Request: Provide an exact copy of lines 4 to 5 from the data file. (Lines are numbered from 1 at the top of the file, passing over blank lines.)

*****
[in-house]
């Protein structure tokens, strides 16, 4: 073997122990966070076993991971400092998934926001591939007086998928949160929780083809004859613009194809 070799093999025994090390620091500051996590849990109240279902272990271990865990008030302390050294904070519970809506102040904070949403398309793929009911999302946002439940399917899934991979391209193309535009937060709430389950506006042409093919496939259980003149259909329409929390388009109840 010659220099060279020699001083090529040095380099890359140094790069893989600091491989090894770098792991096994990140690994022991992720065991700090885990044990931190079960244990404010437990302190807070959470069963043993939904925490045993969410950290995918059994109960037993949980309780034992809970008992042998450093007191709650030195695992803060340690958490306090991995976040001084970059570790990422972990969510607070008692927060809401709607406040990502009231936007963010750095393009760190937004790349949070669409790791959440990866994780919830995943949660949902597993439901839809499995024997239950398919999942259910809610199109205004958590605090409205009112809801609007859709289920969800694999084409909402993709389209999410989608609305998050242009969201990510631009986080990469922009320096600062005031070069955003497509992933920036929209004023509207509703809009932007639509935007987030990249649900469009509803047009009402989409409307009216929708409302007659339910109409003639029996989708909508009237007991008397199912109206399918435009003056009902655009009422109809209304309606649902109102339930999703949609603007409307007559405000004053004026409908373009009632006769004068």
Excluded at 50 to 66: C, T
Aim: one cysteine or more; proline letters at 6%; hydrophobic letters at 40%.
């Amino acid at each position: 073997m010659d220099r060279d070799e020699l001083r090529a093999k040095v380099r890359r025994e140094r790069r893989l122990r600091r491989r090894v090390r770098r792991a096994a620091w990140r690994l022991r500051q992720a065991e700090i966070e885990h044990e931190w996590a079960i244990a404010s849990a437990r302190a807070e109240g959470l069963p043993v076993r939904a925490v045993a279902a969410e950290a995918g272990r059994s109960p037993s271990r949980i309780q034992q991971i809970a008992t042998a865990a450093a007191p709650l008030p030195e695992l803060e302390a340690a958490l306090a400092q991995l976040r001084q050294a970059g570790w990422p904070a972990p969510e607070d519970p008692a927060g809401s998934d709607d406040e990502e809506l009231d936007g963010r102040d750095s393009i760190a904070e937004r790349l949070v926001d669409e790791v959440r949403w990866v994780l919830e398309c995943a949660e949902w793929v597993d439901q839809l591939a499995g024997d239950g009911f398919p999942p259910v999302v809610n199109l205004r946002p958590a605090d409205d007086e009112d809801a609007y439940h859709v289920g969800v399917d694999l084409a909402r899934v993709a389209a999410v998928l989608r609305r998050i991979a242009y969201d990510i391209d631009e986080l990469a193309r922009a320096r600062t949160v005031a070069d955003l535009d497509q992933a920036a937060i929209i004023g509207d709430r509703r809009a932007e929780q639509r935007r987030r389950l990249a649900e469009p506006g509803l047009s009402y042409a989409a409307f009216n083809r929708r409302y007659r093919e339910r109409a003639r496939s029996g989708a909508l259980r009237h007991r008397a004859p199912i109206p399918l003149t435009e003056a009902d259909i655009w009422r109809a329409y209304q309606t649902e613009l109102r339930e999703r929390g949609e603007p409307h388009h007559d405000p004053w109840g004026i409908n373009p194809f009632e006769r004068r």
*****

Aim: one cysteine or more; proline letters at 6%; hydrophobic letters at 40%.
């Amino acid at each position: 073997m010659d220099r060279d070799e020699l001083r090529a093999k040095v380099r890359r025994e140094r790069r893989l122990r600091r491989r090894v090390r770098r792991a096994a620091w990140r690994l022991r500051q992720a065991e700090i966070e885990h044990e931190w996590a079960i244990a404010s849990a437990r302190a807070e109240g959470l069963p043993v076993r939904a925490v045993a279902a969410e950290a995918g272990r059994s109960p037993s271990r949980i309780q034992q991971i809970a008992t042998a865990a450093a007191p709650l008030p030195e695992l803060e302390a340690a958490l306090a400092q991995l976040r001084q050294a970059g570790w990422p904070a972990p969510e607070d519970p008692a927060g809401s998934d709607d406040e990502e809506l009231d936007g963010r102040d750095s393009i760190a904070e937004r790349l949070v926001d669409e790791v959440r949403w990866v994780l919830e398309c995943a949660e949902w793929v597993d439901q839809l591939a499995g024997d239950g009911f398919p999942p259910v999302v809610n199109l205004r946002p958590a605090d409205d007086e009112d809801a609007y439940h859709v289920g969800v399917d694999l084409a909402r899934v993709a389209a999410v998928l989608r609305r998050i991979a242009y969201d990510i391209d631009e986080l990469a193309r922009a320096r600062t949160v005031a070069d955003l535009d497509q992933a920036a937060i929209i004023g509207d709430r509703r809009a932007e929780q639509r935007r987030r389950l990249a649900e469009p506006g509803l047009s009402y042409a989409a409307f009216n083809r929708r409302y007659r093919e339910r109409a003639r496939s029996g989708a909508l259980r009237h007991r008397a004859p199912i109206p399918l003149t435009e003056a009902d259909i655009w009422r109809a329409y209304q309606t649902e613009l109102r339930e999703r929390g949609e603007p409307h388009h007559d405000p004053w109840g004026i409908n373009p194809f009632e006769r004068r």